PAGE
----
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High temperatures prompt BC SPCA to remind pet owners to refrain from leaving animals in hot cars

Record highs are expected in the Powell River area and qathet region this week

Record high temperatures are expected in the Powell River area and qathet region this week, as well as throughout the province. As a result, BC SPCA has sent our a reminder about refraining from leaving pets in parked vehicles. 

 “We can’t stress strongly enough how dangerous it is to leave your pet in a hot car,” stated Lorie Chortyk, general manager of communications for BC SPCA, in a media release. “Last year, the BC SPCA responded to more than 800 calls about animals in distress in hot cars. The temperature in a parked car, even in the shade with windows partially open, can rapidly reach a level that can seriously harm or even kill a pet.” 

SPCA officers are called out to “worst case” situations every summer, where a pet is in critical distress or has died after being left in a hot car, according to Chortyk.

“It is a completely preventable tragedy for both the poor animal and their distraught guardian,” she added. “If you will need to leave them in a parked vehicle, even for a few minutes, don’t take them. Your dog will be much happier – and safer – at home, with shade and plenty of fresh cool water.”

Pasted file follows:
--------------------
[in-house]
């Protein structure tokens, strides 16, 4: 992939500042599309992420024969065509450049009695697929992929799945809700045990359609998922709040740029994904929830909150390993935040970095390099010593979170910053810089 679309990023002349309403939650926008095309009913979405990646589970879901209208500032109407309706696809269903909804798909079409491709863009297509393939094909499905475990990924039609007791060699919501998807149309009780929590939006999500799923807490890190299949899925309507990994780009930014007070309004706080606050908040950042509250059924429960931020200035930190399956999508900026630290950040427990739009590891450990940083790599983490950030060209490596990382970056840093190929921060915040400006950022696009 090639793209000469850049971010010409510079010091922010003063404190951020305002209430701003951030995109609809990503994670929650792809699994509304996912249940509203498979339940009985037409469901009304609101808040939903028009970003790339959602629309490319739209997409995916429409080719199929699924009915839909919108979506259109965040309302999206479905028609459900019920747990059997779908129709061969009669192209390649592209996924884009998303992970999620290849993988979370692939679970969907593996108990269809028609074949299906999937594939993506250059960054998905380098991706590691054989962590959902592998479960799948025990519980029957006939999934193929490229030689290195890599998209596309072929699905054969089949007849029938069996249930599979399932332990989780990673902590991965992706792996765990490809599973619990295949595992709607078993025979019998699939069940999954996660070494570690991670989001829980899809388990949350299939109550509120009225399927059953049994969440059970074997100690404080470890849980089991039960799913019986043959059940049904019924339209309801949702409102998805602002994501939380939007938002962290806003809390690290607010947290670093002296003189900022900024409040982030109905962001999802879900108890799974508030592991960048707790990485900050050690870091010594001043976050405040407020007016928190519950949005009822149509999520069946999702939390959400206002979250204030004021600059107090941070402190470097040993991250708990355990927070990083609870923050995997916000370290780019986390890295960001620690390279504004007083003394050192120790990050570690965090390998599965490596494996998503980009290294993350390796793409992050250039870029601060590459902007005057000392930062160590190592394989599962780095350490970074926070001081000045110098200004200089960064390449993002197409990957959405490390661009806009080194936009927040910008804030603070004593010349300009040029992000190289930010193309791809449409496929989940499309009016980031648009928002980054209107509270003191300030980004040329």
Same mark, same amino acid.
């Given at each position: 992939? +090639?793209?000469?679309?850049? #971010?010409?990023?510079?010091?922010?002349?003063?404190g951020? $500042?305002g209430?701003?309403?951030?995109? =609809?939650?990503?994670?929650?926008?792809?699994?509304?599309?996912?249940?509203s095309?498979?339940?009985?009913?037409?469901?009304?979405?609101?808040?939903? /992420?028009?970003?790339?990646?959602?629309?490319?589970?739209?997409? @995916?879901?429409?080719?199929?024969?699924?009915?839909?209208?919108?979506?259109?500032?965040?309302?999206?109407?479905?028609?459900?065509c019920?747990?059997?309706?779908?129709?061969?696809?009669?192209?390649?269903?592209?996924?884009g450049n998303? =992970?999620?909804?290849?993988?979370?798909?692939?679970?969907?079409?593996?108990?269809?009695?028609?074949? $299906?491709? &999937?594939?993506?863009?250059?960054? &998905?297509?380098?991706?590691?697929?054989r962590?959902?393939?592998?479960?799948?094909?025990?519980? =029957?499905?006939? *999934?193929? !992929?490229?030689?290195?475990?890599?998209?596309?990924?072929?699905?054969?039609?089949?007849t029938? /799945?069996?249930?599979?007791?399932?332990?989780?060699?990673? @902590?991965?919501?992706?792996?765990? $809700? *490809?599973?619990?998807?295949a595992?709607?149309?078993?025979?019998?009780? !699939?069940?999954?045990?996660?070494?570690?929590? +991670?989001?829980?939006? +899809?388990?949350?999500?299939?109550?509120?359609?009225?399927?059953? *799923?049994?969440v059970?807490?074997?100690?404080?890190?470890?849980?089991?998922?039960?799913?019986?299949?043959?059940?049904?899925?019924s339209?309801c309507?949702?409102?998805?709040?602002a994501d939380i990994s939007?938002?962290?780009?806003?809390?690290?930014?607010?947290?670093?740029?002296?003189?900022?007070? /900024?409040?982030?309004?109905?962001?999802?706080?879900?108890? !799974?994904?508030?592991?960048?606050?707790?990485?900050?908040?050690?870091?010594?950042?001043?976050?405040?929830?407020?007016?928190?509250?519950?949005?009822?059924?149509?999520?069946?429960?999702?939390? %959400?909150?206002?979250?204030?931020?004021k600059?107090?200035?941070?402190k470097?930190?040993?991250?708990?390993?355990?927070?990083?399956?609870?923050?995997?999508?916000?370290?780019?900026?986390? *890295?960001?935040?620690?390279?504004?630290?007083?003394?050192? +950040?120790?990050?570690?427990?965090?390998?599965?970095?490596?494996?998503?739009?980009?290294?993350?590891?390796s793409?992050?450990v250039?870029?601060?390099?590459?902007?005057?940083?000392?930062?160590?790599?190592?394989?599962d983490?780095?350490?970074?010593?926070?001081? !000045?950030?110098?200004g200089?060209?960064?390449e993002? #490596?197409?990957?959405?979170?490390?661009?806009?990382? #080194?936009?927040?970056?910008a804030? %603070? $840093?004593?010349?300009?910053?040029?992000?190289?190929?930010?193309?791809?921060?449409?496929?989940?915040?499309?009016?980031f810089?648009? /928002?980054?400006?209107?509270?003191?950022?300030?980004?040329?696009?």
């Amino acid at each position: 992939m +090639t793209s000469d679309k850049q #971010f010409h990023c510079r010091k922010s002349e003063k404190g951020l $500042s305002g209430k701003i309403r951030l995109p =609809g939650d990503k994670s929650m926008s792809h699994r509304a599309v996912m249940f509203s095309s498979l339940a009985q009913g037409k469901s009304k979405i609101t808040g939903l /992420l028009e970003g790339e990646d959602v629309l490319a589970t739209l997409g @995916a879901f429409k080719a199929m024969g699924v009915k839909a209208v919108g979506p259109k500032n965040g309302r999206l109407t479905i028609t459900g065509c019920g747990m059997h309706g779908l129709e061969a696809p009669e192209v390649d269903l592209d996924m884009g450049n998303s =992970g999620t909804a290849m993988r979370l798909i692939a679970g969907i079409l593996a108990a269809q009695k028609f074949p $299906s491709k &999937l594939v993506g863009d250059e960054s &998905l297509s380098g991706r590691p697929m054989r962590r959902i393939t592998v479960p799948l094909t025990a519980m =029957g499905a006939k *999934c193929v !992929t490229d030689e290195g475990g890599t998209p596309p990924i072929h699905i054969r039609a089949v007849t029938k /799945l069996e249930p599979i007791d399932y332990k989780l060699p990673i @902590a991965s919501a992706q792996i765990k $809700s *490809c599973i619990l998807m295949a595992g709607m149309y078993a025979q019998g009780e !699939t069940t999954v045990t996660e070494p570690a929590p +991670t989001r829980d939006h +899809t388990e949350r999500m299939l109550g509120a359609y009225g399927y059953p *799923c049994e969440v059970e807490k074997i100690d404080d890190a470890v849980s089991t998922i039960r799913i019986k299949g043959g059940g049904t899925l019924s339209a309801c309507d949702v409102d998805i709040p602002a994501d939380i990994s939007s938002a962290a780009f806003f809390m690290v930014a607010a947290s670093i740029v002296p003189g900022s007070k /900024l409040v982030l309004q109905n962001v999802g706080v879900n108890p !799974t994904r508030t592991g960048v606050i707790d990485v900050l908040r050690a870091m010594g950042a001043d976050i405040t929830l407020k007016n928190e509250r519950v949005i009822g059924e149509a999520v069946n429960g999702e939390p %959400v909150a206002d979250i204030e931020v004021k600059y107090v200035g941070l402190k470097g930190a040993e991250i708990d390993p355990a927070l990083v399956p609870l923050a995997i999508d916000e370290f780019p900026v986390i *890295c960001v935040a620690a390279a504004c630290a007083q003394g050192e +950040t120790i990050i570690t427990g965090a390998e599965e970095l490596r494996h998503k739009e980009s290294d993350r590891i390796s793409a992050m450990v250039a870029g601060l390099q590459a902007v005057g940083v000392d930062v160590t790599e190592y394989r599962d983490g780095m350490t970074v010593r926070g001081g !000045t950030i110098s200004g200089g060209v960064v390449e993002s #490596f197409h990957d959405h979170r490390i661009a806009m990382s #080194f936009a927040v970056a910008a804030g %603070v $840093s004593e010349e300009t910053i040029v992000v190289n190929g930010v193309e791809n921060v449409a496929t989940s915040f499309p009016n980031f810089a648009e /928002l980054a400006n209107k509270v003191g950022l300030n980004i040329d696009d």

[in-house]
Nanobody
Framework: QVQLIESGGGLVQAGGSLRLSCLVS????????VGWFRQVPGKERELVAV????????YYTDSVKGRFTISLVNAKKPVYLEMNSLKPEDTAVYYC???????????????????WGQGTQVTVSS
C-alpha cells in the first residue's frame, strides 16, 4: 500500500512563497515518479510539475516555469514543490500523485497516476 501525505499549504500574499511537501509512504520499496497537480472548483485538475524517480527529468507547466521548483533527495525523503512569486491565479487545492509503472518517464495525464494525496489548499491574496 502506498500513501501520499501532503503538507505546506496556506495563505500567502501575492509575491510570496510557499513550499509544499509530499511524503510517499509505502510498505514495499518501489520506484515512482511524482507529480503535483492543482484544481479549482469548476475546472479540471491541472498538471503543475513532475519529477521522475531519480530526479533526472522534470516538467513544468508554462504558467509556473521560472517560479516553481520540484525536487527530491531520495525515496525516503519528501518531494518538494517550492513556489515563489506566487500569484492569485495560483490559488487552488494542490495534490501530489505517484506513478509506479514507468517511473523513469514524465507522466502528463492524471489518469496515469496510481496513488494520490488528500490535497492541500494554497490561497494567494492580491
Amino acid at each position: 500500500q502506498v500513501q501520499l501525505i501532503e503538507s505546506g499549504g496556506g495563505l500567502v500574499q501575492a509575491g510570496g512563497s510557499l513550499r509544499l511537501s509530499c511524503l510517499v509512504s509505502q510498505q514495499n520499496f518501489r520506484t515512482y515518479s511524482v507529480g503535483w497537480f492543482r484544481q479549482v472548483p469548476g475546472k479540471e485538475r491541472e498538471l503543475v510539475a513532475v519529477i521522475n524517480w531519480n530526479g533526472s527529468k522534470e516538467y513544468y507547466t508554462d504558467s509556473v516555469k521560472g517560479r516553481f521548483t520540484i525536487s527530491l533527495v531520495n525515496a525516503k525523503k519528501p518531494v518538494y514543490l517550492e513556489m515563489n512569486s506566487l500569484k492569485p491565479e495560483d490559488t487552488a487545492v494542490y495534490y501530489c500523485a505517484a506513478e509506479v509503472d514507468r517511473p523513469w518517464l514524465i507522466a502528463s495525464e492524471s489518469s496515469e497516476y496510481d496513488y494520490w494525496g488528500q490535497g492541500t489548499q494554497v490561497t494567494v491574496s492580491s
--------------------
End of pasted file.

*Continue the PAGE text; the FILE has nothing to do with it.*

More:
Anyone who sees an animal showing signs of heatstroke or other distress can call the BC SPCA Call Centre at 1.855.622.7722 during business hours, or contact Powell River and District branch at 604.485.9252, or RCMP.  

If you see a dog in distress in a parked vehicle: 

  • Note the license plate and vehicle information and ask managers of nearby businesses to page the owner to return to their vehicle immediately. 
  • If an animal is clearly in distress, call to report the situation to the BC SPCA, animal control or a law enforcement agency. Note: It is illegal for members of the public to break a window to access the vehicle themselves - only the RCMP, police and special provincial constables of the BC SPCA can lawfully enter a vehicle.  
  • Be an advocate! Help spread the word that pets and hot vehicles are a dangerous mix.  

Symptoms of heatstroke in pets: 

  • Exaggerated panting (or the sudden stopping of panting) 
  • Rapid or erratic pulse 
  • Salivation 
  • Anxious or staring expression  
  • Weakness and muscle tremors 
  • Lack of coordination, convulsions 
  • Vomiting 
  • Collapse 

If your pet shows symptoms of heatstroke: 

  • Immediately move the animal to a cool, shady place 
  • Wet the dog with cool water 
  • Fan vigorously to promote evaporation. This will cool the blood, which reduces the animal’s core temperature 
  • Do not apply ice. This constricts blood flow, which will inhibit cooling. 
  • Allow the animal to drink some cool water (or to lick ice cream if no water is available) 
  • Take the animal to a veterinarian as soon as possible for further treatment